SALT LAKE CITY — Former Utah Transit Authority top boss Jerry Benson will keep a severance package valued at more than $200,000 after trustees narrowly voted Wednesday to reaffirm their earlier decision to fire him without cause.
The 6-5 vote, taken because the Utah Attorney General's Office determined the UTA board's April action may have violated the state's open meetings act, came after a lengthy hearing that included a warning from Benson's attorney.
Litigation would be "likely," the attorney, Lincoln Hobbs, said, if the board didn't come to their earlier conclusion, that their only option was to terminate Benson and trigger a nine-month salary and benefits package.
"I think the litigation would be divisive. It would be expensive. It would be destructive to this agency in moving forward under the new statute," Hobbs said, referring to a legislative overhaul of UTA that took effect May 8.
The law passed last session replaces both the board and the president, CEO and general manager positions Benson held with a new, three-member management team that will be appointed by Gov. Gary Herbert before Nov. 1.
The House sponsor of SB136, Rep. Mike Schultz, R-Hooper, told the board that the law did not prevent Benson from staying on as executive director at his current salary at least through the transition.
"It's a title. That's all it is. The duties are largely almost identical," Schultz said.
He said lawmakers intended for Benson to stay on and "had no idea" the board felt it had to let him go because of the new law.
"Jerry's a free man," Schultz said, able to quit or retire from UTA, options that would not provide what he said was a $250,000 severance package. However, Schultz said the board had the right to terminate Benson even if it wasn't the "best option."
Several trustees pressed Benson to re-consider leaving UTA, but he said he didn't see a future for himself with the agency he had been a part of for more than three decades.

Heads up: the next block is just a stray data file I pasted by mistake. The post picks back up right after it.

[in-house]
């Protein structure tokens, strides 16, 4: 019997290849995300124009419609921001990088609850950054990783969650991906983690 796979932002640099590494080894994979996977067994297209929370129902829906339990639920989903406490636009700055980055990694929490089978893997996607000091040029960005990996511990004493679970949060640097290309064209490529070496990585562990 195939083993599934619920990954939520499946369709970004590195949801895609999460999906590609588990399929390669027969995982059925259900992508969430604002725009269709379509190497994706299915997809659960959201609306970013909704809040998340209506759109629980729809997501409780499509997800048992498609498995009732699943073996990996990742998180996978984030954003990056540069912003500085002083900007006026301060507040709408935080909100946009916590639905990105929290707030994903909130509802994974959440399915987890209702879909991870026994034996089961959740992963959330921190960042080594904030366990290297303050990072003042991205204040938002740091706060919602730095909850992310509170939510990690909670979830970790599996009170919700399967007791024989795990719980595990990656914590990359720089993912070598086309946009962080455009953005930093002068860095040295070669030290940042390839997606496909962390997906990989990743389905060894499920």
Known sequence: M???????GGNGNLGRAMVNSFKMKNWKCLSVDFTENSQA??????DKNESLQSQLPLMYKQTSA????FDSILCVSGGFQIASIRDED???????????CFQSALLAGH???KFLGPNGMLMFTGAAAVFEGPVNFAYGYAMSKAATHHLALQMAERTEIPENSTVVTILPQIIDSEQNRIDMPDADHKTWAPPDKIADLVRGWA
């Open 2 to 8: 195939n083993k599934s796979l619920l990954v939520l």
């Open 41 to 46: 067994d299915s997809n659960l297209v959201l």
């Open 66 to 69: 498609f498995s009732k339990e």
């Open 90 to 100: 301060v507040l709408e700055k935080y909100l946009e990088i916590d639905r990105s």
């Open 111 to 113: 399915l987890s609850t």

"I made no secret of my criticism," Benson said of the "divided accountability" under the new governance structure created by the Utah Legislature. He said he had insisted on taking all three positions to ensure he had full authority to run UTA.
Benson said the decision the board had "already teed up today" is a better choice to avoid what he termed a "Jerry hangover" during the transition. He said the future for UTA is different than what had been envisioned, but it is a bright one.
The board's chairman, Greg Bell, agreed, citing the first-ever state transit fund also included in the new law. But Bell told the board he fought against the restructuring of the agency, urging lawmakers to instead shrink the existing board.
In the end, Bell, a former lieutenant governor, said Schultz and other lawmakers pushed both him and Benson to stand down and "for the greater good, for the long-term vision, that’s what we did."
Although Bell said early on during the 2 ½-hour discussion that there was "no predetermined result," he ended up prodding trustees to accept a resolution reaffirming the April action that was already written.
The split vote came after a failed attempt to amend the resolution to instead accept Benson's resignation and pay him the severance in exchange for an agreement he would not take legal action against UTA.
"Severance is the elephant in the room," said trustee Troy Walker, an attorney and the mayor of Draper. Walker said he believe the board got bad legal advice about the issue and couldn't gauge the risk of losing a lawsuit.
"I would rather go through this process and let the public know why we made this decision and be done with it and on our way," Walker said.
Another trustee, Davis County Commissioner Bret Millburn, added a clause requiring that Benson forego any legal action against the agency. Their efforts were upended when a move was made to return to the original resolution.
The vote on that briefly appeared to be in doubt. During a break taken afterwards, Bell told several reporters the vote on the resolution had been miscounted and was actually a tie, meaning it failed to pass.
But after reconvening, the votes were reviewed and Bell ruled the resolution had passed and "the statement that it was incorrect was incorrect."
One issue that was only mentioned in passing during the meeting was the controversy surrounding a portion of SB136 that called for UTA to be renamed the Transit District of Utah.
UTA opposed the switch and said it would cost at least $50 million. Lawmakers scoffed at that price tag, but eventually gave in to pressure from the public and the governor and said that portion of the bill will be repealed.
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